The young cast of athletic actors, excellently led by James McArdle as Abrahams and Jack Lowden as Liddell, is outstanding, and there are lovely cameos from oldies Nicholas Woodeson as Abrahams’ coach, Nickolas Grace as the Master of Trinity & the Duke of Sutherland, Simon Williams the Master of Caius & Lord Birkenhead and Simon Slater in four roles (and as MD!). Tam Williams also stands out as Andrew, Lord Lindsay.

I’m glad I saw it at Hampstead pre-transfer and I’m glad I sat in the second level; I’m not sure how its going to work in the much bigger space of the Gielgud.

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The space is superbly theatrical. A large rectangular room with picture windows at both ends, restaurant booth seating on three sides & a bar on the fourth and a long elevated corridor on one side overlooking the main space, which contains an oval platform surrounded by tables and chairs. We’re in Windows on the World, a restaurant at the top the World Trade Centre, another one of Miriam Buether’s extraordinary designs and the most comfortable place I’ve ever seen ‘site-specific’ theatre!

A large number of ‘playlets’ take place (sequentially not concurrently!) on the platform, on tables, in booths, in the elevated corridor and on the floor. There’s a fair bit of ‘dance / movement’ between scenes (and sometimes part of them) with fine choreography from Scott Ambler.  There’s a superb cast of 13 who play many more roles than that. In conception and execution, it’s all wonderfully theatrical. The trouble is the material…..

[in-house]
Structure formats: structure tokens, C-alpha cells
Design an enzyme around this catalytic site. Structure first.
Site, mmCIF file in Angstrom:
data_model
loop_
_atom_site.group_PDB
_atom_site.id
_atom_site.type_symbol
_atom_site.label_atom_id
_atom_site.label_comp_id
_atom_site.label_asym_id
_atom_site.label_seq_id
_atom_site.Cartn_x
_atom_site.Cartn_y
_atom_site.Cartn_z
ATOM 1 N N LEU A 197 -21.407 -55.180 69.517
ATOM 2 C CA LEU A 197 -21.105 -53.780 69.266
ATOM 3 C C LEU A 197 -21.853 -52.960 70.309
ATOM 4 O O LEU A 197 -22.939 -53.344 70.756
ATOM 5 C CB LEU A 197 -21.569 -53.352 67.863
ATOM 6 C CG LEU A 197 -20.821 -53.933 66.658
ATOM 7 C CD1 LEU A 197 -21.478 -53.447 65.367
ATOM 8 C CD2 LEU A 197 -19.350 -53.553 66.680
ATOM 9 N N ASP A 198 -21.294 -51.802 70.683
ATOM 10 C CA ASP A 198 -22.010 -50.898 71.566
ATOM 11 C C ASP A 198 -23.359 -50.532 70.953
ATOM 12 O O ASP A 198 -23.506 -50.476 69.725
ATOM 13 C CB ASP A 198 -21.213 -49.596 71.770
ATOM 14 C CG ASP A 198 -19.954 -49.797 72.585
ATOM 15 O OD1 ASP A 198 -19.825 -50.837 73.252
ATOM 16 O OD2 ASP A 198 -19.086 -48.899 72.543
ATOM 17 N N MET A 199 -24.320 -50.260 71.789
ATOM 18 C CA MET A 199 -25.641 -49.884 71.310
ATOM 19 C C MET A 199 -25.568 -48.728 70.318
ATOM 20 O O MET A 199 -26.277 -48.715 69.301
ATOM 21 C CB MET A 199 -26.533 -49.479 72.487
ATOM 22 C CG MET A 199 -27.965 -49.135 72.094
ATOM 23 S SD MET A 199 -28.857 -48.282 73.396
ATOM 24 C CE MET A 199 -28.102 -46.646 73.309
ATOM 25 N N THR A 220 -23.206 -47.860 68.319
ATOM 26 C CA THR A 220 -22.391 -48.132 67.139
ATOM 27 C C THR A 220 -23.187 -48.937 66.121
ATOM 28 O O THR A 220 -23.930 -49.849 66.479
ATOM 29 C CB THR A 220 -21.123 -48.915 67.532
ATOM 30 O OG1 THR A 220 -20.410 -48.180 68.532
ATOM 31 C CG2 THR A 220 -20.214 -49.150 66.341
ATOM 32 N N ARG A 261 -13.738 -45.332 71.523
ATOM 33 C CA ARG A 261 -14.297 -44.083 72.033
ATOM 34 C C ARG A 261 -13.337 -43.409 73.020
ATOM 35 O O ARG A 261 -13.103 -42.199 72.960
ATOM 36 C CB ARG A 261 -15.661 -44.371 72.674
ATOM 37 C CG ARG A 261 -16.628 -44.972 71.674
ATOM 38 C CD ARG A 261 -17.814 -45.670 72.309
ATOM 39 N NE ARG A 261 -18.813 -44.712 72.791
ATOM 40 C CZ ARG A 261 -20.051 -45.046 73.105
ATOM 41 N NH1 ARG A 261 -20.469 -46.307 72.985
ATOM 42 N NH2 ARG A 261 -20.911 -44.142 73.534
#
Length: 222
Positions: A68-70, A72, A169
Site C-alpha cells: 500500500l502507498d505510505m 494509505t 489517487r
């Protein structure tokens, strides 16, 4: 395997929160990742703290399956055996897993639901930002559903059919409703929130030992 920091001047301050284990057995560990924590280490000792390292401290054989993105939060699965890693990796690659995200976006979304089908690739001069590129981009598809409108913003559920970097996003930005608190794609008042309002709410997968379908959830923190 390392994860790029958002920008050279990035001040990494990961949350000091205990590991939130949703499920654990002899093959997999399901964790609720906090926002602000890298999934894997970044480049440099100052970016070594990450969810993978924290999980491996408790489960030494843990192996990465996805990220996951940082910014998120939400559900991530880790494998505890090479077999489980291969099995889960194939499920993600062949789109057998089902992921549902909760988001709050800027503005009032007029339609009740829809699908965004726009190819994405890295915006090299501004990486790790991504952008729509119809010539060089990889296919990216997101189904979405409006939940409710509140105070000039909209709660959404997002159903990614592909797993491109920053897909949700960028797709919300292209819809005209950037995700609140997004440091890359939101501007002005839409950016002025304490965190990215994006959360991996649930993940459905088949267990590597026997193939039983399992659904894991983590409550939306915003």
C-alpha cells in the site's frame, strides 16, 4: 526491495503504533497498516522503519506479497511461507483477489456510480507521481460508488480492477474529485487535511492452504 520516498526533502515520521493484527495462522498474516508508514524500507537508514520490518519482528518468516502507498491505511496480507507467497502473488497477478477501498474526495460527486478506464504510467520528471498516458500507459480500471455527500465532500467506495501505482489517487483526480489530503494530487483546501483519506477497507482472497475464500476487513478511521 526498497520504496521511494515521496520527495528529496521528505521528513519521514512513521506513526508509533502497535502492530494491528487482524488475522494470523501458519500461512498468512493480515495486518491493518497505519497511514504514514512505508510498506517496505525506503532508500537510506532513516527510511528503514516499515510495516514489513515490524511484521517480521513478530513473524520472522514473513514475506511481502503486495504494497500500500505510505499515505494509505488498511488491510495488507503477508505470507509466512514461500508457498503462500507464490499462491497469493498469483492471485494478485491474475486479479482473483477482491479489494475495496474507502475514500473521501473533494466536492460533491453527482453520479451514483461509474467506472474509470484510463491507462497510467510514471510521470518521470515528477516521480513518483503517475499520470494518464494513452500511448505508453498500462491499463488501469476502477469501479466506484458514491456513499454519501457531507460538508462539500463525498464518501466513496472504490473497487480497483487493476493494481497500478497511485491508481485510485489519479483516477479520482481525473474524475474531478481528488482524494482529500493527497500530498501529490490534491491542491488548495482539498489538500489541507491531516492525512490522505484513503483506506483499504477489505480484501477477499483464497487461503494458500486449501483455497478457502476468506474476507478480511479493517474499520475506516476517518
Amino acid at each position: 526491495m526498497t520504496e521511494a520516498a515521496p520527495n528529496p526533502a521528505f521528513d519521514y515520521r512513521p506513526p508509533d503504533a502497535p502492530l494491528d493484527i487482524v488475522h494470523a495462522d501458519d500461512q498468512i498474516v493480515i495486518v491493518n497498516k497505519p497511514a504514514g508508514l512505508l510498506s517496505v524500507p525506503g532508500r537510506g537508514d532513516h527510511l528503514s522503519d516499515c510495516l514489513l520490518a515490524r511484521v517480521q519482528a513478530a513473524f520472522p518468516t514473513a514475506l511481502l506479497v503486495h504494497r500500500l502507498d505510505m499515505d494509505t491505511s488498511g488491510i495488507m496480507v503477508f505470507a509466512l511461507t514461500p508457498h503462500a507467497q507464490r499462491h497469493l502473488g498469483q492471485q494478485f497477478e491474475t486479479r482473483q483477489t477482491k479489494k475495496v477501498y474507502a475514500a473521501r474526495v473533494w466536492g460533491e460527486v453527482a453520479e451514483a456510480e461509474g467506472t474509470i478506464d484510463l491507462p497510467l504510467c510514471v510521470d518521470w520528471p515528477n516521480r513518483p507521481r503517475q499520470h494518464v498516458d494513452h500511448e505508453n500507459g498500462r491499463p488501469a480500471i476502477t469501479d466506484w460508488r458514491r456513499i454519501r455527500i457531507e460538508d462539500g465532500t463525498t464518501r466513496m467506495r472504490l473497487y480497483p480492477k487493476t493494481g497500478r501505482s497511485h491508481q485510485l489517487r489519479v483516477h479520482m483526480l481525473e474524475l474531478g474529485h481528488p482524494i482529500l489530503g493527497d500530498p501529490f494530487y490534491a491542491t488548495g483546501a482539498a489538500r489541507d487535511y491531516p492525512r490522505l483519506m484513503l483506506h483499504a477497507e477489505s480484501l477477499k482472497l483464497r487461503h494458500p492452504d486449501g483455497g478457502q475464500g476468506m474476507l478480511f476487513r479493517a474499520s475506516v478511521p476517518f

……..I was expecting interesting and objective responses to 9/11 from many perspectives, but what I got were some rather slight sketches, few of which said much on their own, let alone together. Regular visits to the annual meetings of 9/11 widows (backwards in time) provides the only link, but not enough was made of this clever device. Many were monologues whose dramatic inertness was amplified by the theatricality of the space and staging. It didn’t educate or enlighten me, it didn’t illuminate anything and it didn’t really entertain me.

I suspect the multiplicity of writers doesn’t help; six more than there are actors (look what three did for Greenland!), but the key issue for me is that it just isn’t bold enough. It seems to be hinting at and skirting over issues rather than tackling them head on. I admire the ambition, but the rewards are limited.

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The space is superbly theatrical. A large rectangular room with picture windows at both ends, restaurant booth seating on three sides & a bar on the fourth and a long elevated corridor on one side overlooking the main space, which contains an oval platform surrounded by tables and chairs. We’re in Windows on the World, a restaurant at the top the World Trade Centre, another one of Miriam Buether’s extraordinary designs and the most comfortable place I’ve ever seen ‘site-specific’ theatre!